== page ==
Hydroxyanthracene derivatives are widely distributed in the plant kingdom, mainly in botanicals such as the Hypericum, Rheum, Rhamnus and Aloe genera. For centuries, plants containing hydroxyanthracene derivatives have been used as herbal remedies, mainly as laxatives. The root and underground stem (rhizome) are used to make medicine, primarily for digestive complaints including constipation, diarrhoea, heartburn, stomach pain, gastrointestinal bleeding, and preparation for certain gastrointestinal diagnostic procedures. The use of hydroxyanthracene-containing botanicals has raised the attention of European Food Safety Authority (EFSA) for the potential genotoxicity activity, that in 2018 concluded “[.] and that there is a safety concern for extracts containing hydroxyanthracene derivatives although uncertainty persists”. No genotoxic activity has been reported with other constituents such as rhein, physcion and chrysophanol. In the present study, Rhubarb ethanolic extract of ground rhubarb rhizome (hydroxyanthracene total content 1.39%) was tested in the Ames Assay in Salmonella typhimurium and Escherichia coli, up to 5000 µg/plate and up to 5000 µg/mL in human lymphocytes Micronucleus Test (OECD 471 and 487 respectively) in vitro mutagenic and genotoxic effects. Under the experimental conditions used, the rhubarb rhizome extract showed no genotoxic activity.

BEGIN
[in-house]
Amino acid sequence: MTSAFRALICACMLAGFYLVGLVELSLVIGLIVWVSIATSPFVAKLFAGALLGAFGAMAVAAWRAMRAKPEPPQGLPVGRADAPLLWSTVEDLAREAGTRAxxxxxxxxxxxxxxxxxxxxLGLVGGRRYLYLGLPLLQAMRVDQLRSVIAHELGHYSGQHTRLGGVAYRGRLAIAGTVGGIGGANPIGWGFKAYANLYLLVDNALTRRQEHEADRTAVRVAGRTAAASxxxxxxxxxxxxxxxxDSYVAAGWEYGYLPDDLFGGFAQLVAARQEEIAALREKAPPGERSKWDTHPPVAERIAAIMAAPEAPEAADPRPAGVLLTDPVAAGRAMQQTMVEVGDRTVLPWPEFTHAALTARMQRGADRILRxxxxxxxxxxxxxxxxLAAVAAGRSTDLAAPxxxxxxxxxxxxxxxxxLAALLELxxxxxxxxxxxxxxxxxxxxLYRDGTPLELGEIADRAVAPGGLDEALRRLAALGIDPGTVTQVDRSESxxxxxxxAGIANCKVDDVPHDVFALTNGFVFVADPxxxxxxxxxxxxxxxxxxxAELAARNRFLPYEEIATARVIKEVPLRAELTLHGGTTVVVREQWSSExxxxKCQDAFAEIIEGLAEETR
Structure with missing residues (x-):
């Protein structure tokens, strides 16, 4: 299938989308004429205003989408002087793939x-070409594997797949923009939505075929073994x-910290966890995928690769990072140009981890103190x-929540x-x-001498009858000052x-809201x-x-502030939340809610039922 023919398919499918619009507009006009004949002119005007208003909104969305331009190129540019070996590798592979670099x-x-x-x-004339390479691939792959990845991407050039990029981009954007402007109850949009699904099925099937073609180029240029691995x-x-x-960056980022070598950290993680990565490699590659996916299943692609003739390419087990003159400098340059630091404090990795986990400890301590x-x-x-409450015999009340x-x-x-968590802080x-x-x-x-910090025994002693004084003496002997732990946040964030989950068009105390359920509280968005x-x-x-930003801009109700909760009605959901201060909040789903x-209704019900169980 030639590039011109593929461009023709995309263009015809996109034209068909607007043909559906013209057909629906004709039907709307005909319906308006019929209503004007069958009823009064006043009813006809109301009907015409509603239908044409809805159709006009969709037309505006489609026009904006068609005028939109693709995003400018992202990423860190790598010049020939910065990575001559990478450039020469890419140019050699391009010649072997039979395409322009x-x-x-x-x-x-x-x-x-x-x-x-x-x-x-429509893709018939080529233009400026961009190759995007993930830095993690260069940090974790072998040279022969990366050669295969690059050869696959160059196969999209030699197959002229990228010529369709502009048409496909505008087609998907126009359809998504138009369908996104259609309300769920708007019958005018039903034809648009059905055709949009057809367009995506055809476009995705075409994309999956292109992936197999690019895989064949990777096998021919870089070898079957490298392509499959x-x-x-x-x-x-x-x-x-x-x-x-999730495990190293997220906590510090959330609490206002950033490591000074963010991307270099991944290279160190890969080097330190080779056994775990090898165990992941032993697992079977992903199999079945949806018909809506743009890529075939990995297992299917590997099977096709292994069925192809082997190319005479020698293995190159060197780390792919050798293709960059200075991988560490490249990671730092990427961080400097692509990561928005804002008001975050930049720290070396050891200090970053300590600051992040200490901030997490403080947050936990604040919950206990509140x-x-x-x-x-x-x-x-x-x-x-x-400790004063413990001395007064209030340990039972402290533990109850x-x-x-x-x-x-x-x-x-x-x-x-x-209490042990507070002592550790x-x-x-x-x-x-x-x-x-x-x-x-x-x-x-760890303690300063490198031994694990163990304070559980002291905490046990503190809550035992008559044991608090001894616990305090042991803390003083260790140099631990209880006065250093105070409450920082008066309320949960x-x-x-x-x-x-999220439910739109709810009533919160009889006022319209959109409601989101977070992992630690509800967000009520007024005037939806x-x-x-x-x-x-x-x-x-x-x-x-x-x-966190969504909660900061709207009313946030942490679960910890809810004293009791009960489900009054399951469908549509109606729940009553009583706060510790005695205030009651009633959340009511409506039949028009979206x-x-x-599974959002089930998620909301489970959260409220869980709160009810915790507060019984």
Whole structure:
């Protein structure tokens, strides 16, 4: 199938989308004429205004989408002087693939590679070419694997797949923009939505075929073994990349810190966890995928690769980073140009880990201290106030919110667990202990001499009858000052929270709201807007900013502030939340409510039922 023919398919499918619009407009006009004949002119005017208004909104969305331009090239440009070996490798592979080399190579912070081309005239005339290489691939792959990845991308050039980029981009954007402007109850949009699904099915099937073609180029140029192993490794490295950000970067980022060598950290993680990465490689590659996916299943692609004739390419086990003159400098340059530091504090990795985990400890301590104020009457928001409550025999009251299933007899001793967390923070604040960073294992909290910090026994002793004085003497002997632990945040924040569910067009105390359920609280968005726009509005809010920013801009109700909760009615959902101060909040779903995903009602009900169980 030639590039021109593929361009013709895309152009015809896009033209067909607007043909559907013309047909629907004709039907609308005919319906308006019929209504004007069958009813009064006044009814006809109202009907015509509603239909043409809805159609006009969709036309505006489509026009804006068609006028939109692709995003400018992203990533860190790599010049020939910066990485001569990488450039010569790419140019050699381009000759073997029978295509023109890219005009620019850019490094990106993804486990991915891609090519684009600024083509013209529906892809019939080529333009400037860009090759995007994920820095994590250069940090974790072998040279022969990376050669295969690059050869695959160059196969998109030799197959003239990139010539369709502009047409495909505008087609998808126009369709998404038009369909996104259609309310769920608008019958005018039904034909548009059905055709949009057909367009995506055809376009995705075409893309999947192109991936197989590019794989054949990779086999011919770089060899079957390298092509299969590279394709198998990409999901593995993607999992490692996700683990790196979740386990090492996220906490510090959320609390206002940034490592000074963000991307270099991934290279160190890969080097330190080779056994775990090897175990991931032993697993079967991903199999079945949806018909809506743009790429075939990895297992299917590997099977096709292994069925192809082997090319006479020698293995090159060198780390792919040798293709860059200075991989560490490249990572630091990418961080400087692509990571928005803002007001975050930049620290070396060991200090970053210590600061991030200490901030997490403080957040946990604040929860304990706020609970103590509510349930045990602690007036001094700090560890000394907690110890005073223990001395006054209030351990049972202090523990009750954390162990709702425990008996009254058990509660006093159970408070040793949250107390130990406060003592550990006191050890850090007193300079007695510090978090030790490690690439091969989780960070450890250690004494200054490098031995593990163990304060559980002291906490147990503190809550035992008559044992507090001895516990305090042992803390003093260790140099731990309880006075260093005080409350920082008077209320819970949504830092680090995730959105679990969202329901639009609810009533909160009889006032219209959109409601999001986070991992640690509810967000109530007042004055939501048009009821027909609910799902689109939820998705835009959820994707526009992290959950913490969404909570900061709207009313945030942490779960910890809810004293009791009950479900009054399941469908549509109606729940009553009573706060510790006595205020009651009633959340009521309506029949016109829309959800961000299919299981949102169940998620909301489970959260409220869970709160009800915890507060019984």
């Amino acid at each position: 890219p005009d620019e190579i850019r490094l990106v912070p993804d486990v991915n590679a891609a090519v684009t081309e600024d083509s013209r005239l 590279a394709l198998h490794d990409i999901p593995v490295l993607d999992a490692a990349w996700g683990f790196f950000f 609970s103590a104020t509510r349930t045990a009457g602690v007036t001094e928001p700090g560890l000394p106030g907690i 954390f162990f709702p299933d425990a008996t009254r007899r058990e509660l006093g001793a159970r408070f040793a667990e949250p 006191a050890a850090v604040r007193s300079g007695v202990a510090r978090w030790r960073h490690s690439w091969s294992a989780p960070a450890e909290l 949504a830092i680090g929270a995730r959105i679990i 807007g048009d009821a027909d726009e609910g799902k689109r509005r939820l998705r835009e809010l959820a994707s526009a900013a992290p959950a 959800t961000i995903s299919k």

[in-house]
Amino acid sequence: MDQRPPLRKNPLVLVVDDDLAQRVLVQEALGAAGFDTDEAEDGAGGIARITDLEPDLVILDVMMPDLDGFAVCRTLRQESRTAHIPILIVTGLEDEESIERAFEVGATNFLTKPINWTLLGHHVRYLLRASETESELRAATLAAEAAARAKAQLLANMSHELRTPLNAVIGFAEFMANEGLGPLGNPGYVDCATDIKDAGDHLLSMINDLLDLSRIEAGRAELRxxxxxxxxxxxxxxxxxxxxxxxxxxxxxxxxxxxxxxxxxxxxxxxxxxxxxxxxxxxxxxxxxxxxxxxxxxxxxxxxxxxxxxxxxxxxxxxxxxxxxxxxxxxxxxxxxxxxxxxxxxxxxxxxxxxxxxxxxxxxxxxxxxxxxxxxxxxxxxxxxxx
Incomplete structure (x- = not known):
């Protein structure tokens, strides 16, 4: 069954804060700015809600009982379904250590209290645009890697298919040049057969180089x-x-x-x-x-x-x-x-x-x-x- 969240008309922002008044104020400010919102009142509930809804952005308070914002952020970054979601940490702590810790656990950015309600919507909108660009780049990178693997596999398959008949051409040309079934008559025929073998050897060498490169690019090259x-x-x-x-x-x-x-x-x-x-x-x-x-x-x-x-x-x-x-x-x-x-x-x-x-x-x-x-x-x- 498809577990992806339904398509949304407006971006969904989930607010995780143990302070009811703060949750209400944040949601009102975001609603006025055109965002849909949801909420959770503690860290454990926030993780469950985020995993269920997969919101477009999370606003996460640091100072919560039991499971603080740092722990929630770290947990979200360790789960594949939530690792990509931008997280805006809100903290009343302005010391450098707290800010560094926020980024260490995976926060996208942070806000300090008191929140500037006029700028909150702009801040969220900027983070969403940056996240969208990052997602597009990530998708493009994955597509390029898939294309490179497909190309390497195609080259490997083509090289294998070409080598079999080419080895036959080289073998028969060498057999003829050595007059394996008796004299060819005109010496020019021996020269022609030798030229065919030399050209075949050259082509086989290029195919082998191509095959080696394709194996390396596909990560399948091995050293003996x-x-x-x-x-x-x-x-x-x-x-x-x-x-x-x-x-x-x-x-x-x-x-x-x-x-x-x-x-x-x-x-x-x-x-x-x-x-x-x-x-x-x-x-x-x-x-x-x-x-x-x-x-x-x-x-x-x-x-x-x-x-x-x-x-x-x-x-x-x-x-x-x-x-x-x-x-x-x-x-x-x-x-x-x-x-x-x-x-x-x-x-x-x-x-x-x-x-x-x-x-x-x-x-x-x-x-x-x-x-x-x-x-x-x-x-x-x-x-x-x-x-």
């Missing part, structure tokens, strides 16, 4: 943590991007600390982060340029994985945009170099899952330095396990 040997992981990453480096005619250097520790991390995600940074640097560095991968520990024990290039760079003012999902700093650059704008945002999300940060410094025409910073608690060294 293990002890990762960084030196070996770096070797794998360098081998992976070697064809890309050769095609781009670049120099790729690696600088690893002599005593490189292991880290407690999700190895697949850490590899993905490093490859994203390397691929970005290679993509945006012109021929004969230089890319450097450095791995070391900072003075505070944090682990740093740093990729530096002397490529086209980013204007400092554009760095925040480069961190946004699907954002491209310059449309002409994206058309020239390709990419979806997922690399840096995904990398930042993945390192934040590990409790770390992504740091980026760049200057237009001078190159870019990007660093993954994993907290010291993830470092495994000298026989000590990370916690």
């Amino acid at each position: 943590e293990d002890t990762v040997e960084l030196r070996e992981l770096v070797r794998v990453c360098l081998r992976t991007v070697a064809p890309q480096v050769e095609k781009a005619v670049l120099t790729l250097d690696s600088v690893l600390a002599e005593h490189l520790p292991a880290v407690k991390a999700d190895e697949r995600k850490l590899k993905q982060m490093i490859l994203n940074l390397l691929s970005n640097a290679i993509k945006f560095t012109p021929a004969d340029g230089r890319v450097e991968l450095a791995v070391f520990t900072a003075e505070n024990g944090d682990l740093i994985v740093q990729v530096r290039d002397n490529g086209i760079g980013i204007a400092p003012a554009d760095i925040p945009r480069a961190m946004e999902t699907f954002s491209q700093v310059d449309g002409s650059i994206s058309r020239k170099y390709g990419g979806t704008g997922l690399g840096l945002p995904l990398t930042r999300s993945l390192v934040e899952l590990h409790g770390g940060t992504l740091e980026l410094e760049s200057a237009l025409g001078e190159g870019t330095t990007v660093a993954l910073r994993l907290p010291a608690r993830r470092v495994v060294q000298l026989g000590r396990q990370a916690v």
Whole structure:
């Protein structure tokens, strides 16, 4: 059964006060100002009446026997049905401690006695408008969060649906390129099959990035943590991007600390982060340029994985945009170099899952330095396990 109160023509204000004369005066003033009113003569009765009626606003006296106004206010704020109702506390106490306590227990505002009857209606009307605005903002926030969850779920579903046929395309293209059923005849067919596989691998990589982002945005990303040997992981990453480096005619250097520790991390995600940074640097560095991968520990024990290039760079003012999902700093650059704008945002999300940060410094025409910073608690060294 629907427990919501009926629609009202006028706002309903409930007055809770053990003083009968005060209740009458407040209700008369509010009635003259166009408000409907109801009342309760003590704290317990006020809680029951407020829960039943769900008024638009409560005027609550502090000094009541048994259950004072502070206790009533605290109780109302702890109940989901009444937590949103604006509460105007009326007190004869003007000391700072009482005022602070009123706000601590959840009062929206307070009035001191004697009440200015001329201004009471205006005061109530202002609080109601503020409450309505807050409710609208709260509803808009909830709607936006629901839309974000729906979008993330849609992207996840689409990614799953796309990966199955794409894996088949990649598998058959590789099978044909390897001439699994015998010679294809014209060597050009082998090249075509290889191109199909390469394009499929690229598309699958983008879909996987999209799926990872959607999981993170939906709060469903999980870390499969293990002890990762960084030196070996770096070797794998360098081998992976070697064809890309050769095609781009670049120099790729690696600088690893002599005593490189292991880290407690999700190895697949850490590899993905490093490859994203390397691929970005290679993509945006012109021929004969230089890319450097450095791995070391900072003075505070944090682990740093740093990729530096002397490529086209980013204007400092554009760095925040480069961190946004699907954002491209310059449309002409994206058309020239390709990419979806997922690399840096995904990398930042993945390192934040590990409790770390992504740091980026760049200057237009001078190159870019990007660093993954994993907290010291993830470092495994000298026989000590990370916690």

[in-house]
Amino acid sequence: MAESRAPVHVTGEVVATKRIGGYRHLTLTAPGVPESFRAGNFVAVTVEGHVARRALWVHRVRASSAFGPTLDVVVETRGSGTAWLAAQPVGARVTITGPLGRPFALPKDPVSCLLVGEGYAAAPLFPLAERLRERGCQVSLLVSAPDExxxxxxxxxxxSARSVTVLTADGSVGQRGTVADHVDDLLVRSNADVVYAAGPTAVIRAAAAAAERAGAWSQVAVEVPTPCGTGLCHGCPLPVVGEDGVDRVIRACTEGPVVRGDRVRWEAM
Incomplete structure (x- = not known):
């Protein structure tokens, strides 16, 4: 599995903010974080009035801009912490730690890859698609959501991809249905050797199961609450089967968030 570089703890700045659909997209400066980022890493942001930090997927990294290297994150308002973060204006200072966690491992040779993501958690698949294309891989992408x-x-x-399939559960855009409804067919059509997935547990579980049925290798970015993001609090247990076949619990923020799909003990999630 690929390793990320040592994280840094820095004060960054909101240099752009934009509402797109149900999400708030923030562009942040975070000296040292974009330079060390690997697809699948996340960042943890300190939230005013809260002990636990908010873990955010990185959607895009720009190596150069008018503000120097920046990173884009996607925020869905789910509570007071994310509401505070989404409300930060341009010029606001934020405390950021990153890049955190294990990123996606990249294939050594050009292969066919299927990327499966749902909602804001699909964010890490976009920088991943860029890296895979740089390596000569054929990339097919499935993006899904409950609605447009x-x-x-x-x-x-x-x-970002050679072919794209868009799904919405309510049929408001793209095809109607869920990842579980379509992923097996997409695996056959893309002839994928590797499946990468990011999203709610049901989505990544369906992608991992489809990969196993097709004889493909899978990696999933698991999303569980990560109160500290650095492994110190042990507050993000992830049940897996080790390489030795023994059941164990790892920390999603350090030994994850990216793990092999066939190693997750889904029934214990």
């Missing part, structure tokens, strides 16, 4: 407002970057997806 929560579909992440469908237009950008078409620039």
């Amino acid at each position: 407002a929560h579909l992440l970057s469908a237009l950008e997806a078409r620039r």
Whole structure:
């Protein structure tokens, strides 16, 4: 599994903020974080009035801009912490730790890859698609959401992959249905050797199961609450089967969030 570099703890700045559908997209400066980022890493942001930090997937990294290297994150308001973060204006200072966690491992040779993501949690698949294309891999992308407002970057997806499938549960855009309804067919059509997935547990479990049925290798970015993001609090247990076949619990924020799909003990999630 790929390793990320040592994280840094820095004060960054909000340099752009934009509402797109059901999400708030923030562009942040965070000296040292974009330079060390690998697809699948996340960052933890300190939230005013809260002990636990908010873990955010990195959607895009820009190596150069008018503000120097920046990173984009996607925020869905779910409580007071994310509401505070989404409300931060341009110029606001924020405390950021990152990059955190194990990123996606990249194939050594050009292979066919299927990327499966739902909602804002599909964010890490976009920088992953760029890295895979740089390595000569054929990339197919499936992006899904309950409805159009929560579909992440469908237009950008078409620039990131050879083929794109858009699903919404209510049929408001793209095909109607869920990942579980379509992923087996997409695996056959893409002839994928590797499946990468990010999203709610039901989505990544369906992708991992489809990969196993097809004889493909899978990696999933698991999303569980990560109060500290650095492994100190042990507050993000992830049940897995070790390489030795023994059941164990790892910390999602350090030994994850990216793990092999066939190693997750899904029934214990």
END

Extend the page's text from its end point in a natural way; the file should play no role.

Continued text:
Lack of genotoxicity of rhubarb (rhizome) in the Ames and micronucleus in vitro tests / G. Melzi, C.L. Galli, P. Ciliutti, C. Marabottini, M. Marinovich. - In: TOXICOLOGY REPORTS. - ISSN 2214-7500. - (2022). [Epub ahead of print] [10.1016/j.toxrep.2022.07.017]

Lack of genotoxicity of rhubarb (rhizome) in the Ames and micronucleus in vitro tests

G. Melzi
Primo
;
C.L. Galli
;
M. Marinovich
Ultimo
2022

Abstract

Hydroxyanthracene derivatives are widely distributed in the plant kingdom, mainly in botanicals such as the Hypericum, Rheum, Rhamnus and Aloe genera. For centuries, plants containing hydroxyanthracene derivatives have been used as herbal remedies, mainly as laxatives. The root and underground stem (rhizome) are used to make medicine, primarily for digestive complaints including constipation, diarrhoea, heartburn, stomach pain, gastrointestinal bleeding, and preparation for certain gastrointestinal diagnostic procedures. The use of hydroxyanthracene-containing botanicals has raised the attention of European Food Safety Authority (EFSA) for the potential genotoxicity activity, that in 2018 concluded “[.] and that there is a safety concern for extracts containing hydroxyanthracene derivatives although uncertainty persists”. No genotoxic activity has been reported with other constituents such as rhein, physcion and chrysophanol. In the present study, Rhubarb ethanolic extract of ground rhubarb rhizome (hydroxyanthracene total content 1.39%) was tested in the Ames Assay in Salmonella typhimurium and Escherichia coli, up to 5000 µg/plate and up to 5000 µg/mL in human lymphocytes Micronucleus Test (OECD 471 and 487 respectively) in vitro mutagenic and genotoxic effects. Under the experimental conditions used, the rhubarb rhizome extract showed no genotoxic activity.
herbal medicine; herbal food supplements; botanical extract; genotoxicity; Ames test; in vitro micronucleus test; hydroxyanthracenes
Settore BIO/14 - Farmacologia
30-lug-2022
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Utilizza questo identificativo per citare o creare un link a questo documento: http://hdl.handle.net/2434/935213
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